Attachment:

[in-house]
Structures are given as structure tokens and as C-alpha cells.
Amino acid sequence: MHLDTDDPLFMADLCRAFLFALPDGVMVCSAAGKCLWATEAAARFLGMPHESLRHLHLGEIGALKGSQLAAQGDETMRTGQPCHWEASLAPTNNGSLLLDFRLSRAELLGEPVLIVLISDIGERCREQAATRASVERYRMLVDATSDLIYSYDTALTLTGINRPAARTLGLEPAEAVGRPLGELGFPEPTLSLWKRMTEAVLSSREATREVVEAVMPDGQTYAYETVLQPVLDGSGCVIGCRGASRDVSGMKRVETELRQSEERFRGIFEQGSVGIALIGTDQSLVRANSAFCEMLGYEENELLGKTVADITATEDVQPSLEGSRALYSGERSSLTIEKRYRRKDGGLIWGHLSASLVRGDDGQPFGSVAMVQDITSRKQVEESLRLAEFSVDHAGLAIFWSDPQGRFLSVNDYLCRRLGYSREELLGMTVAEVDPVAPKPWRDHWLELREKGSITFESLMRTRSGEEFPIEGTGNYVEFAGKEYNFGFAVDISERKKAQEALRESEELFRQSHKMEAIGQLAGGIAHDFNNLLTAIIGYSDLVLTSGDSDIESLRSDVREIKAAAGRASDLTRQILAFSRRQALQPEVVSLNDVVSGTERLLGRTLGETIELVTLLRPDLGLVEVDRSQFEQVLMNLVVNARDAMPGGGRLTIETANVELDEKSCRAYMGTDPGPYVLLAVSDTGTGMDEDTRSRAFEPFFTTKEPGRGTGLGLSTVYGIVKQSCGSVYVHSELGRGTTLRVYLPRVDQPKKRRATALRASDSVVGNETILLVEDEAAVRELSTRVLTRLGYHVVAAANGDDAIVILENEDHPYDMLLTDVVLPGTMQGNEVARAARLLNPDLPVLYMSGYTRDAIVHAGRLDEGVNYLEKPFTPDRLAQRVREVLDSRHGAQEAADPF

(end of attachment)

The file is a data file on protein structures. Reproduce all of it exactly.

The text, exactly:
[in-house]
Structures are given as structure tokens and as C-alpha cells.
Amino acid sequence: MHLDTDDPLFMADLCRAFLFALPDGVMVCSAAGKCLWATEAAARFLGMPHESLRHLHLGEIGALKGSQLAAQGDETMRTGQPCHWEASLAPTNNGSLLLDFRLSRAELLGEPVLIVLISDIGERCREQAATRASVERYRMLVDATSDLIYSYDTALTLTGINRPAARTLGLEPAEAVGRPLGELGFPEPTLSLWKRMTEAVLSSREATREVVEAVMPDGQTYAYETVLQPVLDGSGCVIGCRGASRDVSGMKRVETELRQSEERFRGIFEQGSVGIALIGTDQSLVRANSAFCEMLGYEENELLGKTVADITATEDVQPSLEGSRALYSGERSSLTIEKRYRRKDGGLIWGHLSASLVRGDDGQPFGSVAMVQDITSRKQVEESLRLAEFSVDHAGLAIFWSDPQGRFLSVNDYLCRRLGYSREELLGMTVAEVDPVAPKPWRDHWLELREKGSITFESLMRTRSGEEFPIEGTGNYVEFAGKEYNFGFAVDISERKKAQEALRESEELFRQSHKMEAIGQLAGGIAHDFNNLLTAIIGYSDLVLTSGDSDIESLRSDVREIKAAAGRASDLTRQILAFSRRQALQPEVVSLNDVVSGTERLLGRTLGETIELVTLLRPDLGLVEVDRSQFEQVLMNLVVNARDAMPGGGRLTIETANVELDEKSCRAYMGTDPGPYVLLAVSDTGTGMDEDTRSRAFEPFFTTKEPGRGTGLGLSTVYGIVKQSCGSVYVHSELGRGTTLRVYLPRVDQPKKRRATALRASDSVVGNETILLVEDEAAVRELSTRVLTRLGYHVVAAANGDDAIVILENEDHPYDMLLTDVVLPGTMQGNEVARAARLLNPDLPVLYMSGYTRDAIVHAGRLDEGVNYLEKPFTPDRLAQRVREVLDSRHGAQEAADPF